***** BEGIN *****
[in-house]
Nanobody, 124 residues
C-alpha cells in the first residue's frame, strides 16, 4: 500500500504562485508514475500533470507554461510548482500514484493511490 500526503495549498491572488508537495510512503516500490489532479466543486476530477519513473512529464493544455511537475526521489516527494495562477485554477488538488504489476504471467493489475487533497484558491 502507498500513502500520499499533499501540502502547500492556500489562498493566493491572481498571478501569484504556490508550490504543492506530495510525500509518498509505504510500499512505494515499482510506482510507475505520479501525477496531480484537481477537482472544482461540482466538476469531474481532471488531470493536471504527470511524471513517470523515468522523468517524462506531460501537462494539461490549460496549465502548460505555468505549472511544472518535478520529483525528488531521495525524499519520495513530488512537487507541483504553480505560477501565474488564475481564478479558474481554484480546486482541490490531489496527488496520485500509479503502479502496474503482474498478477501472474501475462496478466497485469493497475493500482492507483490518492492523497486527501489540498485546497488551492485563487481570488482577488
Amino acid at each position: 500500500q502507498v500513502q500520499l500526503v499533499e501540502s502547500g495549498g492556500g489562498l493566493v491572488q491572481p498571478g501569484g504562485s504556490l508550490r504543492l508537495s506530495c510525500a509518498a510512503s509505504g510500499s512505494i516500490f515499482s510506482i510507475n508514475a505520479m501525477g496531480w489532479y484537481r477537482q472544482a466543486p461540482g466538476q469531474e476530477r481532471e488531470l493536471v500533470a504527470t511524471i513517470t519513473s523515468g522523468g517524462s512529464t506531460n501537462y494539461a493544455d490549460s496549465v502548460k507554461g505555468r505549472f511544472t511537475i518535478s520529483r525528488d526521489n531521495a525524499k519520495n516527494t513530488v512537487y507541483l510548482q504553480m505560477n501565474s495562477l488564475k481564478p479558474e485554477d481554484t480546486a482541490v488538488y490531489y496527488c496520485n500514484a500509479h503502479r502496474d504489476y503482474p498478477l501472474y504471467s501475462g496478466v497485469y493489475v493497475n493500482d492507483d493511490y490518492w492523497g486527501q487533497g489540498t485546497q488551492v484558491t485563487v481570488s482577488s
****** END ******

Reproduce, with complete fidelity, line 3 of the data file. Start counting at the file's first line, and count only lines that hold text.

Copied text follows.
C-alpha cells in the first residue's frame, strides 16, 4: 500500500504562485508514475500533470507554461510548482500514484493511490 500526503495549498491572488508537495510512503516500490489532479466543486476530477519513473512529464493544455511537475526521489516527494495562477485554477488538488504489476504471467493489475487533497484558491 502507498500513502500520499499533499501540502502547500492556500489562498493566493491572481498571478501569484504556490508550490504543492506530495510525500509518498509505504510500499512505494515499482510506482510507475505520479501525477496531480484537481477537482472544482461540482466538476469531474481532471488531470493536471504527470511524471513517470523515468522523468517524462506531460501537462494539461490549460496549465502548460505555468505549472511544472518535478520529483525528488531521495525524499519520495513530488512537487507541483504553480505560477501565474488564475481564478479558474481554484480546486482541490490531489496527488496520485500509479503502479502496474503482474498478477501472474501475462496478466497485469493497475493500482492507483490518492492523497486527501489540498485546497488551492485563487481570488482577488